It’s been over ten years since the whole ordeal, but a lot of people still don’t seem to be over the fact that Pluto isn’t a planet. Back in 2006, the International Astronomical Union officially defined what makes a planet a planet, and Pluto didn’t qualify - a story you can read about here.
Currently, the official definition of a planet means it has to meet three criteria: it must orbit a star, have enough mass to take on a spherical shape, and its gravitation has to be strong enough for it to have its orbital path basically to itself, clear of any other major objects.
Anything that meets the first two conditions, but not the third, is called a dwarf planet. Pluto is a dwarf planet. And now, it may have a friend.
Recently, a group of astronomers announced that they’d discovered a new possible dwarf planet in our Solar System.
For now, it’s going by the catchy name of V-774104, and it’s the farthest object ever detected in the Solar System. As our technology improves, astronomers have been finding more and more worlds beyond Neptune’s orbit, including what used to be the most distant dwarf planet-sized object we knew of previously: 2012-VP-113, more commonly known as Biden.
Sometime in October, the same team that analyzed Biden’s orbit was using the Subaru telescope in Hawaii to scan the distant reaches of the Solar System when they noticed a moving dot that had never been seen before. That was the new possible dwarf planet, and it was incredibly far away.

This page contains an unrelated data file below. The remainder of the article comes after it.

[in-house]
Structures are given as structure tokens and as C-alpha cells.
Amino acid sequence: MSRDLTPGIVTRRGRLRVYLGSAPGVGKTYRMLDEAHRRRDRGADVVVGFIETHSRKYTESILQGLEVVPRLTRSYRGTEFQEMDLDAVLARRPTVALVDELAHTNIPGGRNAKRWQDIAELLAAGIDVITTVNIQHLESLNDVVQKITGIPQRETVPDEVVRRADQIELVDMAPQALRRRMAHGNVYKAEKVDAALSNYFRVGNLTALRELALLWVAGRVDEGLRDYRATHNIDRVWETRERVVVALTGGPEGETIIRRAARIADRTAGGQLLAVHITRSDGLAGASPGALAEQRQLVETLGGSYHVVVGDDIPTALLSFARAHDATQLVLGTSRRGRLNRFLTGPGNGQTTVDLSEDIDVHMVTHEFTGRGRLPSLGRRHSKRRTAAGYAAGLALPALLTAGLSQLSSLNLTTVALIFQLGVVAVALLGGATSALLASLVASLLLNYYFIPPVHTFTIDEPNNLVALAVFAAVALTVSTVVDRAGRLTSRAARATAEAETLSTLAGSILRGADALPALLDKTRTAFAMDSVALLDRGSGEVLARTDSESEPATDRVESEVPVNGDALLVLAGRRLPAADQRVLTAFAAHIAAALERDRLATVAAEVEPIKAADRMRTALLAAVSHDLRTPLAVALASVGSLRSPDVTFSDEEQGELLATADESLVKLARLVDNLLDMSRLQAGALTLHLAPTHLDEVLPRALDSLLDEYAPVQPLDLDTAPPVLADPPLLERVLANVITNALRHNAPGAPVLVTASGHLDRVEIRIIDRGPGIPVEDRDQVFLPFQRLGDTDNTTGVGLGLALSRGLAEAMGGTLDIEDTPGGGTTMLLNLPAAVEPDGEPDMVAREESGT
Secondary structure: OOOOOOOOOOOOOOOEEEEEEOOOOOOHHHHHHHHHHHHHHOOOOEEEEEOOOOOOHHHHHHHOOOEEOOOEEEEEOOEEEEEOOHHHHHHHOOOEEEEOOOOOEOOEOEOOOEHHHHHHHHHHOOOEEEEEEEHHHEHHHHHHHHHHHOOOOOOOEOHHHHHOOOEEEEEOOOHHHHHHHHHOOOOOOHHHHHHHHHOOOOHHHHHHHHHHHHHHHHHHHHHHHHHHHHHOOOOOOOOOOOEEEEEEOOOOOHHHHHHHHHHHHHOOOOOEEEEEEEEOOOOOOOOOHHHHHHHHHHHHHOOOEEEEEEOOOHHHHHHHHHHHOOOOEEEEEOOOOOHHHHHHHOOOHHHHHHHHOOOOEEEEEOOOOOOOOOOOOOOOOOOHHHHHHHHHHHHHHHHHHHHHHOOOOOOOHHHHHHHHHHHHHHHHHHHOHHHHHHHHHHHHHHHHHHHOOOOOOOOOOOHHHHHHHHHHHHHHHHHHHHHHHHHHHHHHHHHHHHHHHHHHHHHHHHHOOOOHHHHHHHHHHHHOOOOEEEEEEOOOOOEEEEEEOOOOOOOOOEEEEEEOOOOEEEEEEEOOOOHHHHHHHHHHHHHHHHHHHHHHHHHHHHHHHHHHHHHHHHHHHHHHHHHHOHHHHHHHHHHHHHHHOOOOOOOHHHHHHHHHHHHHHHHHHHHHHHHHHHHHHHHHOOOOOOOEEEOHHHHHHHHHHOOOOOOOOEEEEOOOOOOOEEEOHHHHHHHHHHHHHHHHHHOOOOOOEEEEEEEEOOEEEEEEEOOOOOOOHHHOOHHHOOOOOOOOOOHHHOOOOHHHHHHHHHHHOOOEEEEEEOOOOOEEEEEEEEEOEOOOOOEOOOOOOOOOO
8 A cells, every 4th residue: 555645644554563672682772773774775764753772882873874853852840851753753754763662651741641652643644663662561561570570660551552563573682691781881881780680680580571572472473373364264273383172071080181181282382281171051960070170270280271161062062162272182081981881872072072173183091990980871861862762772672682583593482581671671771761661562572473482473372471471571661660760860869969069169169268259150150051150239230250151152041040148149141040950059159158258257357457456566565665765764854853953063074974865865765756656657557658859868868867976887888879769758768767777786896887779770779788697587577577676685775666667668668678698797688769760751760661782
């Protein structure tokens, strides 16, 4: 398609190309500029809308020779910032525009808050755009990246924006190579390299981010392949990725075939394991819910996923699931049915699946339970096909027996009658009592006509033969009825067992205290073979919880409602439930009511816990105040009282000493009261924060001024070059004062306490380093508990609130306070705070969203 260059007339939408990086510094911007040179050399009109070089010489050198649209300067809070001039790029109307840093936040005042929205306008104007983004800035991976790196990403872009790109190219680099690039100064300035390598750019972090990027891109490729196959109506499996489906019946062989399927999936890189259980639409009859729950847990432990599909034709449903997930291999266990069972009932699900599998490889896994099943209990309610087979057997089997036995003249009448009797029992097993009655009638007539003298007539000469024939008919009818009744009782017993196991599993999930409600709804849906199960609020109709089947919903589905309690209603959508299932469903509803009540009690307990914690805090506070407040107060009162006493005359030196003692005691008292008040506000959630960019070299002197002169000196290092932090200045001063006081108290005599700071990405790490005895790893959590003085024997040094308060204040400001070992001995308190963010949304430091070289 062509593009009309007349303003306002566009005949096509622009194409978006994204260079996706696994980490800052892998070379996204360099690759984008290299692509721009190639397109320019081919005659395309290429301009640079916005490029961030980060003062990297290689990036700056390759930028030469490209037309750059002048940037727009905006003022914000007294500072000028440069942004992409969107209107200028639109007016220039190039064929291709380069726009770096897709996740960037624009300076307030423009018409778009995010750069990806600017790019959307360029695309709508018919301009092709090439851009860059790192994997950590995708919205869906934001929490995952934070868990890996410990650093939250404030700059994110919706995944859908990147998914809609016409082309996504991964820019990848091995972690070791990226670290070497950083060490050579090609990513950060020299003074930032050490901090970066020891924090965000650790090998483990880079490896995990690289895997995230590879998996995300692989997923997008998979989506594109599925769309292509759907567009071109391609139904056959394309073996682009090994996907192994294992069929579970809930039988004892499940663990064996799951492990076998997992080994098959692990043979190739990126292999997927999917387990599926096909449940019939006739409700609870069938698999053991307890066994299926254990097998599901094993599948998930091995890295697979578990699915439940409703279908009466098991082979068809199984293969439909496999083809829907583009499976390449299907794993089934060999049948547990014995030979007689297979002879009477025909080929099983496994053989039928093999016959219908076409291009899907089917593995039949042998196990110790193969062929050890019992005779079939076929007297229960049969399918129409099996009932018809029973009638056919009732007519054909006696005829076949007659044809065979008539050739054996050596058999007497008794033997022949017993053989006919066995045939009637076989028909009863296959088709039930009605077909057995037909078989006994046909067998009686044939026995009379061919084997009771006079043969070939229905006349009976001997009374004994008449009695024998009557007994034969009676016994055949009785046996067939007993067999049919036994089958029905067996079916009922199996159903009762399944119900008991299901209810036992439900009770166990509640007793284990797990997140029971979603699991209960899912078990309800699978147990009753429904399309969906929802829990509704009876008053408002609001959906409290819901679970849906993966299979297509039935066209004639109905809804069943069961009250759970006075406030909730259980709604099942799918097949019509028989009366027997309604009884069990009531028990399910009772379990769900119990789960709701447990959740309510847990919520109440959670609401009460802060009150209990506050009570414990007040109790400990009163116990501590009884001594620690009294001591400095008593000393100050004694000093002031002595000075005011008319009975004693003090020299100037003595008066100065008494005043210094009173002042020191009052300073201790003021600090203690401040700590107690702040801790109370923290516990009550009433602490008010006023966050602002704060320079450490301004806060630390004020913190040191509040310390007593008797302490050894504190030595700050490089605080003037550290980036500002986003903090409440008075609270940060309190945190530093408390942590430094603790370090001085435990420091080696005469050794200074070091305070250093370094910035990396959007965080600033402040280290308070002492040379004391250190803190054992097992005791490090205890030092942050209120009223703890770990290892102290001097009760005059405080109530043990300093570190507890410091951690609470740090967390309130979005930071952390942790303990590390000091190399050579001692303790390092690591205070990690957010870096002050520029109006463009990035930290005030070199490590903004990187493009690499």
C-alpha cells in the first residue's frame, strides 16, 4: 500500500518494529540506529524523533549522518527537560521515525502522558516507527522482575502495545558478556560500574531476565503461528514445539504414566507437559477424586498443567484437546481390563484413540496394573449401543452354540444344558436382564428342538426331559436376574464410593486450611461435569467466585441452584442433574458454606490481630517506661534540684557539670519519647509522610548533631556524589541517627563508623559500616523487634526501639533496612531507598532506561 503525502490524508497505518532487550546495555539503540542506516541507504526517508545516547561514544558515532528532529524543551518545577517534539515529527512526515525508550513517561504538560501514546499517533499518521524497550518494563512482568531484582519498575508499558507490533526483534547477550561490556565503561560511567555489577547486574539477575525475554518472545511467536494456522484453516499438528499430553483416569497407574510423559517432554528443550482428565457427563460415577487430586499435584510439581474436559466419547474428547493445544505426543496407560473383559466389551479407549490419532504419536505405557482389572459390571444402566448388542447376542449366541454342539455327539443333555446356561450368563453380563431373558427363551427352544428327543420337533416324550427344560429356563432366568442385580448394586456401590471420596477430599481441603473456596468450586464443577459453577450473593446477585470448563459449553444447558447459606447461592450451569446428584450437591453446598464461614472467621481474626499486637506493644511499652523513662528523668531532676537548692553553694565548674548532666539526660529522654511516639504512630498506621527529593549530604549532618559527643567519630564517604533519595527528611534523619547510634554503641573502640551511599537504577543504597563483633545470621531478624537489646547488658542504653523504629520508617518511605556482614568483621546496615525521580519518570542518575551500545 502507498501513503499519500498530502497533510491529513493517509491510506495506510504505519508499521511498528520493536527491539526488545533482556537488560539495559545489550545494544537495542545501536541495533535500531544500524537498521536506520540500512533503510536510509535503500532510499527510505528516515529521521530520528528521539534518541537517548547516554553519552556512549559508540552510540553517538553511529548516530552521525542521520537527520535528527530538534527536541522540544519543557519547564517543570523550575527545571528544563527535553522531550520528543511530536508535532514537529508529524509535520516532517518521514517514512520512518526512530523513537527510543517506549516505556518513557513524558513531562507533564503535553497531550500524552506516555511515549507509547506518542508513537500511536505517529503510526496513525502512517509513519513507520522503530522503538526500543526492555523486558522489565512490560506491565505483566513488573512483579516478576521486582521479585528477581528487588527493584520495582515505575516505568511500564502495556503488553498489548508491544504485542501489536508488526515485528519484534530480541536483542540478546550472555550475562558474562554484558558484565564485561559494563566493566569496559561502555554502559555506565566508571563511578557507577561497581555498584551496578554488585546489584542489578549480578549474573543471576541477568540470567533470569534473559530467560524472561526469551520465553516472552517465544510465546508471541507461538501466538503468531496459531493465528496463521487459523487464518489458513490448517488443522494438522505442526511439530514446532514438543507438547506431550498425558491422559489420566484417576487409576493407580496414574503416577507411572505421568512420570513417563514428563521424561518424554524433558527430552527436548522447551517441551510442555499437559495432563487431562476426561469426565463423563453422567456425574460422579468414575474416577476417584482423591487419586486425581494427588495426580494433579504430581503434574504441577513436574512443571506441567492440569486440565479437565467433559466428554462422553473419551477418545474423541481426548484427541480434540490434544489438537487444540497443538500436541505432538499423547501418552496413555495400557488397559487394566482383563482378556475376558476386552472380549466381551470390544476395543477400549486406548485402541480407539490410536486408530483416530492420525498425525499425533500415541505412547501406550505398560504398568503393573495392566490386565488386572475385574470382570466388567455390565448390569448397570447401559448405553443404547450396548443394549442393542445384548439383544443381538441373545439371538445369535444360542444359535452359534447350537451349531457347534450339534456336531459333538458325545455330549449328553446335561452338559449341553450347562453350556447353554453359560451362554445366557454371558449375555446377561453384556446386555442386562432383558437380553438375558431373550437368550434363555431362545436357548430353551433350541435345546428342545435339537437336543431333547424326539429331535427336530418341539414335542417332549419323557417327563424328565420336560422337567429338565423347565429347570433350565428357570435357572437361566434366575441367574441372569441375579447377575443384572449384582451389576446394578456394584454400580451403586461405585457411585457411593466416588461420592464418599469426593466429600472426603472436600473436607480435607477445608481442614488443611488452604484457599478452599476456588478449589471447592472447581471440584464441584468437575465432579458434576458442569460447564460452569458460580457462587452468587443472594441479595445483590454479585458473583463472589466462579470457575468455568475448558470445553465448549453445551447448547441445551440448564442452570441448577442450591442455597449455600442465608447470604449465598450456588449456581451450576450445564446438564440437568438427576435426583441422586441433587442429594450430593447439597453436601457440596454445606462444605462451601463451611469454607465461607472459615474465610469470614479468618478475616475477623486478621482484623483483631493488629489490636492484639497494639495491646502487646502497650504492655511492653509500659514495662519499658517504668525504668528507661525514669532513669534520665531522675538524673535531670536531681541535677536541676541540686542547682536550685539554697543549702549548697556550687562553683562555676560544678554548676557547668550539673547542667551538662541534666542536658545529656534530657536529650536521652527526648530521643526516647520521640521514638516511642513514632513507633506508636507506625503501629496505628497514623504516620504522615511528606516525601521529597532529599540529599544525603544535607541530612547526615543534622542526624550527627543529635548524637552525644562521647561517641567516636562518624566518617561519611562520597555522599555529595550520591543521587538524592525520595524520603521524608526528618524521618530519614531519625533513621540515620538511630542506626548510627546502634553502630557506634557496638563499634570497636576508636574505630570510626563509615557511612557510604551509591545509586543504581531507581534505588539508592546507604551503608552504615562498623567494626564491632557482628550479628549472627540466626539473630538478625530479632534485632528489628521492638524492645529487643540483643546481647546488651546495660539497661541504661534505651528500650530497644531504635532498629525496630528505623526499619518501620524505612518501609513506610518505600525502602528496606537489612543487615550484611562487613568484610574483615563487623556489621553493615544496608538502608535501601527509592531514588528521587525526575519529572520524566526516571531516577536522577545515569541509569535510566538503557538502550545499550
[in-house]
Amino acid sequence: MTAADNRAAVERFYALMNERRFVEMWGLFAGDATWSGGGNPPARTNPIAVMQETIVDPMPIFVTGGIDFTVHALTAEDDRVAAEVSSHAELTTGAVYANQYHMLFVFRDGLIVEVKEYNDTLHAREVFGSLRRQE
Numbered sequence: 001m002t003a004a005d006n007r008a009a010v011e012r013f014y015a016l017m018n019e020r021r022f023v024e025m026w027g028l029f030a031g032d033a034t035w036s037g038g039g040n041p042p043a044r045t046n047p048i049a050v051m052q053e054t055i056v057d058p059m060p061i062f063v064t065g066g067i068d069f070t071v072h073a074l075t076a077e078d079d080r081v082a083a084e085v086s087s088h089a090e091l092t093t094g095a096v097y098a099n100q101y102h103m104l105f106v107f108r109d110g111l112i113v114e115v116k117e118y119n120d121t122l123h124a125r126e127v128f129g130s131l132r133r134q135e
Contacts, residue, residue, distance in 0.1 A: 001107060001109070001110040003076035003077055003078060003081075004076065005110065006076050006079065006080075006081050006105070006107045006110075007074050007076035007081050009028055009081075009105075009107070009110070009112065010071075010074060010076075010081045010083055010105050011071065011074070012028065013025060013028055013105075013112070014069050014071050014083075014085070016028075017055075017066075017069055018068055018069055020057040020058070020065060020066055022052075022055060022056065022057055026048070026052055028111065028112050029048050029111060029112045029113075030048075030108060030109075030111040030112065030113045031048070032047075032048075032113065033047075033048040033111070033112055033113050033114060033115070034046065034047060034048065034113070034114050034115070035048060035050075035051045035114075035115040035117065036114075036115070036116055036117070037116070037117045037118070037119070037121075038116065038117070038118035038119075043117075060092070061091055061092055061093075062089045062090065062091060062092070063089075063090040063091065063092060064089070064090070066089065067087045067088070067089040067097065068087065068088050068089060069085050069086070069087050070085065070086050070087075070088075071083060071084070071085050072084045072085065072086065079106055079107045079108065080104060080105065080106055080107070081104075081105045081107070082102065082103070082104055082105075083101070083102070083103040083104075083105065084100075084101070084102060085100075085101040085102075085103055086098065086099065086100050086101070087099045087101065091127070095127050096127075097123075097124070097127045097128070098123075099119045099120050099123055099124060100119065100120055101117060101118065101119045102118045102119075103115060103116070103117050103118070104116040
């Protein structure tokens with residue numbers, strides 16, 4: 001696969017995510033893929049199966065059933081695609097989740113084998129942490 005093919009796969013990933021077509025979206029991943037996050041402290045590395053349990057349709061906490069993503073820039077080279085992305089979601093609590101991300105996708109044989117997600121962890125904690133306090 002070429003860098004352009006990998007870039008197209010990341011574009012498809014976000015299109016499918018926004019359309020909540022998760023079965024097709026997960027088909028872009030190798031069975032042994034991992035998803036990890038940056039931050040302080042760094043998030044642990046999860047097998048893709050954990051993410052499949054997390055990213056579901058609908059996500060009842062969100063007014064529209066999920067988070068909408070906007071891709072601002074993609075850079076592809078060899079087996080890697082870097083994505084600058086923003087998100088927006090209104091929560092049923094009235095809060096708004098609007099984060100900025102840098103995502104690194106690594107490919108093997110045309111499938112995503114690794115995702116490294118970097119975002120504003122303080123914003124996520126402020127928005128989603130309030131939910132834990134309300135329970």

To give you some perspective, when Biden is closest to the Sun, it’s still about twelve billion kilometers (seven trillion miles) away. But this newly-found rock is about 20% further than that! We just don’t know where exactly it is in its orbit, because there hasn’t been enough time to track it yet - that will take about another year.
For all we know, at some point it might end up closer to the Sun than Biden does. Still, at least we’re aware that we can spot worlds more than a hundred times farther from the Sun than we are.
And, at the very least, we might have a new dwarf planet to study. So welcome to the neighborhood, V-774104!
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Source: This story was originally published on SciShow Space. I am republishing a lightly edited version on SkyFeed in light of interest on the subject. Hofmeister, Caitlin. "A New Dwarf Planet?" SciShow Space, YouTube. 19 Nov, 2015. Web video.
Citation: Rovira, Lia N. "Have We Discovered a New Dwarf Planet?" SkyFeed. 20 Aug, 2018. Web article.